Welcome to Earigami 

Cranes
Koi
Roses
Mini Cranes
Mini Hearts
Silver Cranes
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Cranes 

Leaves 

Butterflies 

Bamboo Leaves 

Koi

Roses 

Mini Cranes 

Mini Hearts  

Fine Silver Cranes 

Crane Rings

Origami is a transformative art, no addition or subtraction as in sculpture or painting, but transformation. It allows you to start from something dull and unimaginative like a 2-D piece of paper and, using just your bare hands, transform it into a 3-D Koi fish with whiskers, fins, and hundreds of scales. The grandfather of modern origami, the great Akira Yoshizawa, once said: “When you fold, the ritual and the act of creation is more important than the final result. When your hands are busy, your heart is serene.” At its core, origami is exactly that! It’s the journey, not the destination. Lines that dictate up and down creases are known as mountain and valley folds. My hands create, crease, and cross those mountains and valleys in pursuit of that destination or final result. Whenever I fold, I get into a Zen like state where everything in the background fades, and it’s just me and the paper. That feeling is what keeps me going and pushes me to progress to more challenging designs or smaller scales.

 

Origami has an infinite number of variations, so it’s never boring. Anything you can think of can be folded. Anything! They now have sophisticated computer programs they can take any shape and map it out with lines on how to fold it; this is known as a “crease pattern”. It even caters to all ages and skill levels. I’ve taught several classes, and love to see the look on my students’ faces, both young and old, when they start seeing their designs take shape. It reminds me of the of my initial spark of joy after creating my first crane, and it’s a priceless feeling!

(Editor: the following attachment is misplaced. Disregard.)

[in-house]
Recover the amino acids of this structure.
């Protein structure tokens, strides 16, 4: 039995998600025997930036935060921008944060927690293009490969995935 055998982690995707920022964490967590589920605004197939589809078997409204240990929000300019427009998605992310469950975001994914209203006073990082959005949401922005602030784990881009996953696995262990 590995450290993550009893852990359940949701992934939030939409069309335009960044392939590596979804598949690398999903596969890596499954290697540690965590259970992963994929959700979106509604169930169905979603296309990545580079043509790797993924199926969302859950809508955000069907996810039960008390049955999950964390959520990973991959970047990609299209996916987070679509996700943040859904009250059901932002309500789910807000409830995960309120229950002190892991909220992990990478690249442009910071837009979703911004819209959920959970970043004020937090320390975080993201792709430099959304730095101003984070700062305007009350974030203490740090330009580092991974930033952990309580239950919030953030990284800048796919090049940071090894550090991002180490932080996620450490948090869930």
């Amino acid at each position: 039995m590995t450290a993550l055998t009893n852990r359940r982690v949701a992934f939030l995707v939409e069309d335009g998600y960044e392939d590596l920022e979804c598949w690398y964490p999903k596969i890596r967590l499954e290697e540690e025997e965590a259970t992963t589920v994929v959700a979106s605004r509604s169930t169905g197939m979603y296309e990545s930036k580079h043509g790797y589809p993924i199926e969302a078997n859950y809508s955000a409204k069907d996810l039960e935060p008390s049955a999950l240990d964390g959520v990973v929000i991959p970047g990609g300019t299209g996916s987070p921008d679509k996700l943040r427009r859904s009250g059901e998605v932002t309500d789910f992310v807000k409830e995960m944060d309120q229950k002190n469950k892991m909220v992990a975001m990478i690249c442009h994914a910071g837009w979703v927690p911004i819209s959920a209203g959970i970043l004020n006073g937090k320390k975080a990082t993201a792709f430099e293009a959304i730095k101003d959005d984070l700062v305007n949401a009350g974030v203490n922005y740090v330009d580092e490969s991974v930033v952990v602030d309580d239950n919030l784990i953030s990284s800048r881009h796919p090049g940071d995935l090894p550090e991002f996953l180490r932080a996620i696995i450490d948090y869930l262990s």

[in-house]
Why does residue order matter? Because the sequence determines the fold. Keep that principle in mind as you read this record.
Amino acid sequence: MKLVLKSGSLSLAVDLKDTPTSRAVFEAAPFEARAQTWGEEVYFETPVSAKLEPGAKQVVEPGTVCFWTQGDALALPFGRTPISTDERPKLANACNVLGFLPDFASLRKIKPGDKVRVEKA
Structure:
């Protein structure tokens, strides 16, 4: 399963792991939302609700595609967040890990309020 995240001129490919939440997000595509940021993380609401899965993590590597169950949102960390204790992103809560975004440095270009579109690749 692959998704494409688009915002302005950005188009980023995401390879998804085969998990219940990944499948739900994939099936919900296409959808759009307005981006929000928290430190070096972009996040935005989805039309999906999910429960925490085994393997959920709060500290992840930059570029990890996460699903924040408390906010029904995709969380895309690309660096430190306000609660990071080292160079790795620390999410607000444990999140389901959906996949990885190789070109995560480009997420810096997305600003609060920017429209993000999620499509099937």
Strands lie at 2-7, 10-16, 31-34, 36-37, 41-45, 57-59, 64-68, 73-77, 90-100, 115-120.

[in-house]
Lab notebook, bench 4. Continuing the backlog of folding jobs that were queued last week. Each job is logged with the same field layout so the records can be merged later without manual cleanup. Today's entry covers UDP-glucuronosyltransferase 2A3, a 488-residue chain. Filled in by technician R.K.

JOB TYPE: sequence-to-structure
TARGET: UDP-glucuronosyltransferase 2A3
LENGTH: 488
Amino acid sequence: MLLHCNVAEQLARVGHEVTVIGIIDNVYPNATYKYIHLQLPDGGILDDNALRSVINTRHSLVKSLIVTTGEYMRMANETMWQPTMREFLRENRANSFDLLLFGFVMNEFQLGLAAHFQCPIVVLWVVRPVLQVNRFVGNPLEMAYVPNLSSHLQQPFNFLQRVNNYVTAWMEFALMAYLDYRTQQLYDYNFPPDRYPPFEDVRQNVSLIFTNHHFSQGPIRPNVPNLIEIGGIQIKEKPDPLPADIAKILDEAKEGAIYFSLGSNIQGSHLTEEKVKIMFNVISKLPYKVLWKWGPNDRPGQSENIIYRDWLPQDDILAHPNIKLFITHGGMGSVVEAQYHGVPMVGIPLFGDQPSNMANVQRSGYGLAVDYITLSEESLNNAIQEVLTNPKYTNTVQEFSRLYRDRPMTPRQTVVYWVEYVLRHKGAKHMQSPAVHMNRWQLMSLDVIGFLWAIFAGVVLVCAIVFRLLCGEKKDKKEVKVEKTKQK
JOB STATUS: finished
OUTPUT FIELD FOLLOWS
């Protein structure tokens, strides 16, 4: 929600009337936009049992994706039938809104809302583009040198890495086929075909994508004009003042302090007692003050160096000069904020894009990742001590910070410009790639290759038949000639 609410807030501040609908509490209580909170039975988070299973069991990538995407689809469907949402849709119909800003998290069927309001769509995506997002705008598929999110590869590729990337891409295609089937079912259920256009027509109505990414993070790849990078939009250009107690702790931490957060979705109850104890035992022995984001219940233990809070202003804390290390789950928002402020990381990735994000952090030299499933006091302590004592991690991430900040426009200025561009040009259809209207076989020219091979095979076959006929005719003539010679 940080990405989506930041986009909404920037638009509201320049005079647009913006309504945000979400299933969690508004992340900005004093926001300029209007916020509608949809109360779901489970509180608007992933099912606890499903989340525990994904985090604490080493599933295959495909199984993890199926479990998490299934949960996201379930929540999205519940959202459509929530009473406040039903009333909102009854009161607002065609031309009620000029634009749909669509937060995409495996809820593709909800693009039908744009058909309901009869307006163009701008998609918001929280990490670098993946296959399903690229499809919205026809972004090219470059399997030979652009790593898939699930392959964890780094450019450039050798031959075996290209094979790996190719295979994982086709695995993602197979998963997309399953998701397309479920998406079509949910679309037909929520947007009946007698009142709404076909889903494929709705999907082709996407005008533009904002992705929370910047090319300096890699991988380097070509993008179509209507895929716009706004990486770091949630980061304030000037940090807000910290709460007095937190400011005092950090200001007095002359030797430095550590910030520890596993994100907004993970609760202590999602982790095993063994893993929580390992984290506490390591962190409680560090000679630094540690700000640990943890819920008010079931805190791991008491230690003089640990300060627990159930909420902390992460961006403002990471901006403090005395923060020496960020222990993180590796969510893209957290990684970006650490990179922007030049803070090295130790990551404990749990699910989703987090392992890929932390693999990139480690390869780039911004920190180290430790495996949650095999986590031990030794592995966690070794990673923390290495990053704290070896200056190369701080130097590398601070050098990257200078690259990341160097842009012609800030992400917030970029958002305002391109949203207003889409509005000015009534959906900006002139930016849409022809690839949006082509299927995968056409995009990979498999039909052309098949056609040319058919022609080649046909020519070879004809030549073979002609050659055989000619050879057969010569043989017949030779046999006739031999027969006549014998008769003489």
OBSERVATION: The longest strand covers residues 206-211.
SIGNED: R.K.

As for what inspired me to translate origami into earrings, I get that question all the time. As any seasoned folder will tell you, when you become efficient at origami, you want to see how small you can fold. So one day after folding a rather challenging 1.5 inch crane, my friend shouted with the delight at first glance, and asked if I can make it into an earring. I happily agreed, and she went off with them. Later that day I saw her with friends and they all demanded I make them pairs. They each paid me $5 in advance, and I got to work. Then a similar situation happened, then another, and then another. After realizing this demand for my new-found skill, I decided to turn it into a business. And it has snowballed into what you see today. But now I want that giant snowball to turn into an avalanche, and really see how far down the mountain it can take me, always on a new journey.